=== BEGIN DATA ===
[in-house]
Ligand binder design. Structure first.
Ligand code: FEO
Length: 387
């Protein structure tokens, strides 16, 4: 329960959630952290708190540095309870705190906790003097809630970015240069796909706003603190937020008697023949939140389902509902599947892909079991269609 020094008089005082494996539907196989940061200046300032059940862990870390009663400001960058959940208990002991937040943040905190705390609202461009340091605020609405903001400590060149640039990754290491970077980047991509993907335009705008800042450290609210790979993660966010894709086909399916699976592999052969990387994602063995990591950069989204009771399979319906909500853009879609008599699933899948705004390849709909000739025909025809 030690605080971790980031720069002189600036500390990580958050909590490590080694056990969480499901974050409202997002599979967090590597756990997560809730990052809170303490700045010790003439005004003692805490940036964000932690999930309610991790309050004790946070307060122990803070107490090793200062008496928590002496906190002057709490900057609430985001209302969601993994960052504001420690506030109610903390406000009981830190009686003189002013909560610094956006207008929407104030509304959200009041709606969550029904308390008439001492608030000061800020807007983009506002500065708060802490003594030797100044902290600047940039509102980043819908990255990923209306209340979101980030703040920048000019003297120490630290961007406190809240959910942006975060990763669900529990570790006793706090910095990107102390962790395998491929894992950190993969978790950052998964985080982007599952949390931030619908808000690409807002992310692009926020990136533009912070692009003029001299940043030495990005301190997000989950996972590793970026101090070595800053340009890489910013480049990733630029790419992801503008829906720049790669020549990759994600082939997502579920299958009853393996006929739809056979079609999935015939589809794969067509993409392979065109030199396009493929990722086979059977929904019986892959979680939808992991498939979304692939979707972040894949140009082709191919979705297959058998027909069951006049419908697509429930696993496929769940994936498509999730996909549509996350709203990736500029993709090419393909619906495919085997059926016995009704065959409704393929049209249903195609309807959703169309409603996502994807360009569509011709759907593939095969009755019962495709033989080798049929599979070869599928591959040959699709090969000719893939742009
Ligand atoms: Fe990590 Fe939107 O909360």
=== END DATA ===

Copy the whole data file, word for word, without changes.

[in-house]
Ligand binder design. Structure first.
Ligand code: FEO
Length: 387
């Protein structure tokens, strides 16, 4: 329960959630952290708190540095309870705190906790003097809630970015240069796909706003603190937020008697023949939140389902509902599947892909079991269609 020094008089005082494996539907196989940061200046300032059940862990870390009663400001960058959940208990002991937040943040905190705390609202461009340091605020609405903001400590060149640039990754290491970077980047991509993907335009705008800042450290609210790979993660966010894709086909399916699976592999052969990387994602063995990591950069989204009771399979319906909500853009879609008599699933899948705004390849709909000739025909025809 030690605080971790980031720069002189600036500390990580958050909590490590080694056990969480499901974050409202997002599979967090590597756990997560809730990052809170303490700045010790003439005004003692805490940036964000932690999930309610991790309050004790946070307060122990803070107490090793200062008496928590002496906190002057709490900057609430985001209302969601993994960052504001420690506030109610903390406000009981830190009686003189002013909560610094956006207008929407104030509304959200009041709606969550029904308390008439001492608030000061800020807007983009506002500065708060802490003594030797100044902290600047940039509102980043819908990255990923209306209340979101980030703040920048000019003297120490630290961007406190809240959910942006975060990763669900529990570790006793706090910095990107102390962790395998491929894992950190993969978790950052998964985080982007599952949390931030619908808000690409807002992310692009926020990136533009912070692009003029001299940043030495990005301190997000989950996972590793970026101090070595800053340009890489910013480049990733630029790419992801503008829906720049790669020549990759994600082939997502579920299958009853393996006929739809056979079609999935015939589809794969067509993409392979065109030199396009493929990722086979059977929904019986892959979680939808992991498939979304692939979707972040894949140009082709191919979705297959058998027909069951006049419908697509429930696993496929769940994936498509999730996909549509996350709203990736500029993709090419393909619906495919085997059926016995009704065959409704393929049209249903195609309807959703169309409603996502994807360009569509011709759907593939095969009755019962495709033989080798049929599979070869599928591959040959699709090969000719893939742009
Ligand atoms: Fe990590 Fe939107 O909360």